Speed Bump

On the news this morning regarding yesterday’s primary election results, I heard Ohio called “a speed bump” for Donald Trump’s campaign.

So on behalf of the Speed bump State, you’re welcome, Sane America.

Remember this the next time you are on the verge of making fun of Ohio.

Now, back to my reflection on how to react to this explosion of bigotry.

A Bible story, heard this past Sunday, certainly familiar to you, and filtered through my brain.

Jesus is hanging out, drawing in the dirt, when some clever folks trying to trap him show up. They have a woman caught in the act of adultery with them, reminding Jesus that the law calls for her to be stoned to death and asking for his opinion. (my opinion of that law is a conversation for another day)

Playing it way cool, Jesus looks up, tells them that the person who has never done anything wrong should kick off the stoning. Then he goes back to playing in the dirt.

If he had yelled at them, they probably would have responded in kind, and things would have escalated. Or he could have just told them what to do.

Instead, he made them think.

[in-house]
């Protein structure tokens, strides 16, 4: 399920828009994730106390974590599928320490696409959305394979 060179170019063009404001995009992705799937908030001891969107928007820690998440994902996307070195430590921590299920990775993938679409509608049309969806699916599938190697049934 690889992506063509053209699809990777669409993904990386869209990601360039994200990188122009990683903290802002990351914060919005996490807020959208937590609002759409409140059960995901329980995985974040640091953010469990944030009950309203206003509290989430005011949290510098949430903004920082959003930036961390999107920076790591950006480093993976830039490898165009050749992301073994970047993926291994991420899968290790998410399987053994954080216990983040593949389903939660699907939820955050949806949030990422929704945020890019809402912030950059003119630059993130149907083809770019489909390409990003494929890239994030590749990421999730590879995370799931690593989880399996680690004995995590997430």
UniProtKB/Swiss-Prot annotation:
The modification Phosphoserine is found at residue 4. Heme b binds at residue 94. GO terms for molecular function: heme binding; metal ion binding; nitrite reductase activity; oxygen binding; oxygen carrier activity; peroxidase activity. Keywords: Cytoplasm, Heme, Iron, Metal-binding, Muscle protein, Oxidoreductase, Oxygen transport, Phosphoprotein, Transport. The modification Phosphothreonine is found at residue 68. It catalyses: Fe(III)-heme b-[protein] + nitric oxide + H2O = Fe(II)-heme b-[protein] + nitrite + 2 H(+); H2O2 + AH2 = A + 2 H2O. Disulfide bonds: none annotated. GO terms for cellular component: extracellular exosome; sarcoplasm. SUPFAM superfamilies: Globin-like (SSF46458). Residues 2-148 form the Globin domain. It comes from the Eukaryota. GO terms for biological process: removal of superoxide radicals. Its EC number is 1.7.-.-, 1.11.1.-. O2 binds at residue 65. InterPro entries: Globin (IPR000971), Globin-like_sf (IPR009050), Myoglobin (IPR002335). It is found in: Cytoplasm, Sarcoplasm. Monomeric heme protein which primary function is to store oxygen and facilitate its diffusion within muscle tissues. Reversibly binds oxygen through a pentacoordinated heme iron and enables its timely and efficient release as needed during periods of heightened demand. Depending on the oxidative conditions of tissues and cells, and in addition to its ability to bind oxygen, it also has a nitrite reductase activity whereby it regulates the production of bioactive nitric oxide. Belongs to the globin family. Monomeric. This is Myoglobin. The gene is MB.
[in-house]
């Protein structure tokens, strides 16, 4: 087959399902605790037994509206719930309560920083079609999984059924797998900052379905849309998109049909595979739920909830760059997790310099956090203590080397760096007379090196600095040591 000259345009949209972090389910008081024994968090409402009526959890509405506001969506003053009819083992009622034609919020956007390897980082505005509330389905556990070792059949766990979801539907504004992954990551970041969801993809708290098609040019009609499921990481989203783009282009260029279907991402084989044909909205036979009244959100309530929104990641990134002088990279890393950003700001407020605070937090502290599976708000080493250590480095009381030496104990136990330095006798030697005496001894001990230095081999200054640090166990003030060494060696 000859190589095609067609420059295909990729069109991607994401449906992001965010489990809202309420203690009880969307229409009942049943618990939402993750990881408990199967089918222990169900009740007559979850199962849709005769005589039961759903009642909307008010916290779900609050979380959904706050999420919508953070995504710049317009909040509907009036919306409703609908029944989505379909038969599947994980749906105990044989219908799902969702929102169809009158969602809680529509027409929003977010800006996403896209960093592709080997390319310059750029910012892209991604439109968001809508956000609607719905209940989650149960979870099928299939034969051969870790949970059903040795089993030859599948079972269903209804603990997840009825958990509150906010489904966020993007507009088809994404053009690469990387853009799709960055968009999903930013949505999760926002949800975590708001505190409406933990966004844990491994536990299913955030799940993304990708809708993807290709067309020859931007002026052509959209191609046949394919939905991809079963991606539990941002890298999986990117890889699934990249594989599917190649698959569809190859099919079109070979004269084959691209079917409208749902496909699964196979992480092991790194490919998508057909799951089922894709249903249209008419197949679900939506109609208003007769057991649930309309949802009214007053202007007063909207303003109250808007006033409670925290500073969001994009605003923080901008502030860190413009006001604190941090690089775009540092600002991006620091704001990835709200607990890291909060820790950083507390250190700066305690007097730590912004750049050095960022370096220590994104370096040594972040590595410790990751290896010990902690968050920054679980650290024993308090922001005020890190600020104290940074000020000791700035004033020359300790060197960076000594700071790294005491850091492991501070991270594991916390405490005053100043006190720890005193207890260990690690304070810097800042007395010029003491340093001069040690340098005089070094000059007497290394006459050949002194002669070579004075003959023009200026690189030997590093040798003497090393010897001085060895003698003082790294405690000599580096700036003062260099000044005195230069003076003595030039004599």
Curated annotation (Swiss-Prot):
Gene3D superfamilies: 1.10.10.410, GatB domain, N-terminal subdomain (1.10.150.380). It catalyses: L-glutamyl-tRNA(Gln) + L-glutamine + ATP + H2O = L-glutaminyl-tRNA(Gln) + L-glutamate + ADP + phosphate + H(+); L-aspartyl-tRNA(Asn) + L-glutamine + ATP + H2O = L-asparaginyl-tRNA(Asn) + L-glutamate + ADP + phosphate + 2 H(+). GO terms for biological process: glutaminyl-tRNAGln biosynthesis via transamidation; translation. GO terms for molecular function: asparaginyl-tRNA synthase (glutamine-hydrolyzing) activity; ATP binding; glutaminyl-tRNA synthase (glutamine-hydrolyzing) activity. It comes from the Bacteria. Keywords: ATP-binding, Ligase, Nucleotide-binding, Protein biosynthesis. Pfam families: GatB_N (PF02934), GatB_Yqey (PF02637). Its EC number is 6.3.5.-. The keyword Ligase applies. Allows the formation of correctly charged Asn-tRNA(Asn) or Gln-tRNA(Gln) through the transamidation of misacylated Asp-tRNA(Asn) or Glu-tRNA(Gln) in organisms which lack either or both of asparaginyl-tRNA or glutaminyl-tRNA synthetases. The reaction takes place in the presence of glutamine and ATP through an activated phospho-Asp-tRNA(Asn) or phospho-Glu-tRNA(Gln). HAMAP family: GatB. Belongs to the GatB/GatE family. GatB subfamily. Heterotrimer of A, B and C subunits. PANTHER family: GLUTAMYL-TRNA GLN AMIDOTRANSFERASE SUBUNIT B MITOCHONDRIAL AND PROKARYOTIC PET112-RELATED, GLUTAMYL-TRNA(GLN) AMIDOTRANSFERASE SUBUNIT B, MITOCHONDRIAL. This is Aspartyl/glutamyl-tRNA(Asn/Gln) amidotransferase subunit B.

Once they started thinking, they chose a different course of action which, I believe, led to a more durable change.

There are all kinds of ways you can apply this story to the current state of America, but I’d like you to think about how it applies to you – times when you’re the Jesus in this story, when you’re the woman, and when you’re one of the outraged self-righteous folks holding the weapons.

1 thought on “Speed Bump”

  1. The primary lesson that I have drawn from this reading over the yrs is that I must be careful in my judgments of or accusations about the behavior of others (e.g. bigot, intolerant, hater) because I have likely engaged in similar behavior myself. Hard to do because my own biases tend to blind me from seeing those behaviors in myself that I view as bad in others.

    Stated differently, this reading tells me to avoid hypocrisy, and to question seriously the legitimacy of my position to cast stones of judgment on others.

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